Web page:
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But, independently of these considerations, the very nature of my subject supplies a reason for the choice which I have made. For I know not, in truth, to whom. I could, with greater propriety, inscribe a work, whose chief end is to expose false reasoning and to maintain true religion, than to one, in whom the powers of just reasoning are so conspicuously displayed, and by whom the great principles of religion are so sincerely reverenced.

With these views, I trust, that I shall stand excused by you, my dear Sir, in having, without your knowledge, thus availed myself of the credit of your name. The following treatise, in which so many additions have been made to a former publication, as in some measure to entitle it to the appellation of a new work, I submit to your judgment; well satisfied, that if it meet your approbation, it will not find an unfavourable reception from the public. I am, my dear Sir, With the truest attachment, Your affectionate Friend and Servant,

THE AUTHOR.

Trinity College, Dublin,

Sept. 21, 1809.

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No. XVI.-On Dr. John Taylor's scheme of Atonement 110

No. XVII.-The doctrine of Atonement falsely charged with

the presumption of pronouncing on the necessity of Christ's

death

113

No. XVIII.-On the mode of reasoning, whereby the sufficien-

cy of good works without mediation is attempted to be de-

fended from Scripture

116

No. XIX.-The want of a discoverable connexion between the

means and the end, equally applies to every Scheme of Atone-

ment

119

No. XX.-On the Scripture phrase of our being reconciled to

God

121

No. XXI.-On the true distinction between the laying aside

our enmity to God, and being reconciled to God

123

No. XXII.—On the proofs from Scripture, that the Sinner is

the object of the Divine displeasure

123

No. XXIll.-Instance from the book of Job, of Sacrifice being

prescribed, to avert God's Anger

126

No. XXIV.-On the Attribute of the divine justice

126

No. XXV.-On the text in John, describing our Lord as the

Lamb of God, which taketh away the sins of the world 128

No. XXVI.-On the meaning of the word propitiation in the

New Testament

130

No. XXVII.—On the texts describing Christ's death as a sacri-

fice for sin

131

No. XXVIII.-on the word kajassarh, translated as

Atonement in Rom. v. 11.

141

No. XXIX.-On the Denial that Christ's death is described in

Scripture as a sin-offering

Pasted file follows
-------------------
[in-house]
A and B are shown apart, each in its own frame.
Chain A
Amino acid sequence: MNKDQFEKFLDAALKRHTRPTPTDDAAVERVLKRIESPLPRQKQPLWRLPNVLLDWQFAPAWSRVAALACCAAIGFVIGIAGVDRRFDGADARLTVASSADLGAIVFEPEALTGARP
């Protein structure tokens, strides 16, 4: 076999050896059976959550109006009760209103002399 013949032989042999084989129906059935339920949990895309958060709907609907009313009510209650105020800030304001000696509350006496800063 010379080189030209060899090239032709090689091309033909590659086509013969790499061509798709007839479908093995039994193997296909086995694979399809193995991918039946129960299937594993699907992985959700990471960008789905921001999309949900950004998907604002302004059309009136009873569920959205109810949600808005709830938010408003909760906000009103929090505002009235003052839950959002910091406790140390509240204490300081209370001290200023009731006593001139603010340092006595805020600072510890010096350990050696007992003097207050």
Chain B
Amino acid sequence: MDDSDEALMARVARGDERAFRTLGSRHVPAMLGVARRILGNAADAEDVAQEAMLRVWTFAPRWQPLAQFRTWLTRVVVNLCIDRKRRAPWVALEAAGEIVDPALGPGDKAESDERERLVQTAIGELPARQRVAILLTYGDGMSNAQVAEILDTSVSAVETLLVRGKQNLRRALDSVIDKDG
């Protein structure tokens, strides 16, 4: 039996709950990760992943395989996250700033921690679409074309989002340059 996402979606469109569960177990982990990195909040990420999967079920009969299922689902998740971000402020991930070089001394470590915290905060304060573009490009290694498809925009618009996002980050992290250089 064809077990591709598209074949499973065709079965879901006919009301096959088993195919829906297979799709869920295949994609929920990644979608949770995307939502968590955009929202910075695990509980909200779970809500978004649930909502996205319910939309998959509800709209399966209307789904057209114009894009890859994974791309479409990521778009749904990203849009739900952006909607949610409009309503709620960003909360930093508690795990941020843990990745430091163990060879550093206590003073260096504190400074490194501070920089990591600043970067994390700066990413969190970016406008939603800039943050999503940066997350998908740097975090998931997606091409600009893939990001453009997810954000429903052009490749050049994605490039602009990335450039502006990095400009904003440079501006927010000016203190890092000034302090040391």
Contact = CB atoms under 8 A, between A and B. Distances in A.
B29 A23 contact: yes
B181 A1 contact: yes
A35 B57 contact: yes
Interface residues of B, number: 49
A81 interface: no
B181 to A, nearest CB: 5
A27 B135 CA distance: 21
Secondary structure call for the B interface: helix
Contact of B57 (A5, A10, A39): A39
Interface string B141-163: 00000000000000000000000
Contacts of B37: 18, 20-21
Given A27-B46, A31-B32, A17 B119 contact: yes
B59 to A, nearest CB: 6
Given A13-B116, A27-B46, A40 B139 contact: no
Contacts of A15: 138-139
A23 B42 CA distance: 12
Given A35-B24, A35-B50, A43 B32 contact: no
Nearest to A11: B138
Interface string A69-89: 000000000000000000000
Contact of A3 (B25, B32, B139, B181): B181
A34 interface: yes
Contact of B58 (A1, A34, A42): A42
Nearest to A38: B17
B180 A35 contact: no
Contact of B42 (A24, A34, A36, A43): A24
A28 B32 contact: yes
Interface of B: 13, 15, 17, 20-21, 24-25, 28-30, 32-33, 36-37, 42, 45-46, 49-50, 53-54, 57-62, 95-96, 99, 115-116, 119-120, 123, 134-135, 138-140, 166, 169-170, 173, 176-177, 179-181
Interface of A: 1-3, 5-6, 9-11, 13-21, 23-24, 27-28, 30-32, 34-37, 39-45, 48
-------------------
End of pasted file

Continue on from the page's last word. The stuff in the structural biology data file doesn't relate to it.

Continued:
142

No. XXX.-On the sense, in which Christ is said in Scripture

to have died for us

143

No. XXXI.-On the pretence of figurative allusion in the Sa-

crificial terms of the New Testament

146

No. XXXII.- Arguments to prove the sacrificial language of

the New Testament figurative, urged by H. Taylor and

Dr. Priestley

148

No. XXXIII. On the sense entertained generally by all, and

more especially instanced amongst the Jews, of the neces-

sity of propitiatory expiation

148

No. XXXIV.-On H. Taylor's objection, of the want of a lite-

ral correspondence between the Mosaic sacrifice and the

death of Christ

167

No. XXXV.-On the arguments by which it is attempted to

169

prove the passover not to be a sucrifice

No. XXXVI.-On the meaning of the word translated atone-

ment, in the Old Testament

181

No. XXXVII.-On the efficacy of the Mosaic atonement, as

applied to cases of moral transgression

181

No. XXXVIII.-On the vicarious import of the Mosaic sacrifi-

197

No. XXXix. On the imposition of hands upon the head of the

victim

204

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No. XLVI.- On the supposition that sacrifice originated in

Priestcraft

267

No. XLVII.-on the supposition that the Mosaic sacrifices ori-

ginated in human invention

267

No. XLVIII. Sacrifices explained as gifts by various writers 275

No. XLIX.-Sacrifices explained as federal rites

276

No. L.Bishop Warburton's Theory of the Origin of Sacrifice 280

No. LI.-The supposition that sacrifices originated in gifts, er-

281

No. LII.—on the date of the permission of animal food to man 282

No. LIII.-On the divine origin of language

289

No. LIV.-On the natural unreasonableness of the Sacrificial

rite

300

No. LV.--On the universality of Sacrifice

300

No. LVI.-On the universality of the notion of the expiatory

virtue of Sacrifice

303

No. LVII.-On the objections against the supposition of the

divine institution of Sacrifice

304

No. LVIII.-On the Sacrifice of Abel as evincing the divine

institution of Sacrifice

310

No. LIX.-On the history and the book of

312

No. LX.-On Grotius's strange misconception of the nature of

Abel's Sacrifice

368

No. LXI.-On the difference in the divine reception of the

sacrifices of Cain and Abel

371

No. LXII.-On the true meaning of the phrase, NAEIONA

OTSIAN, attributed to the Sacrifice of Abel

373

No. LXIII.-On the nature and grounds of the faith evi-

denced by the Sacrifice of Abel

378

No. LXIV.-On the probable time and occasion of the institu-

tion of Sacrifice

381

No. LXV.--On the true interpretation of the passage, Gen.

iv. 7. containing God's expostulation with Cain

384

No. LXVI.-On the comparison between the Sacrifice of Abel

and that of Christ

392

No. LXVII.-On the nature of sacrifice before the law : tend-

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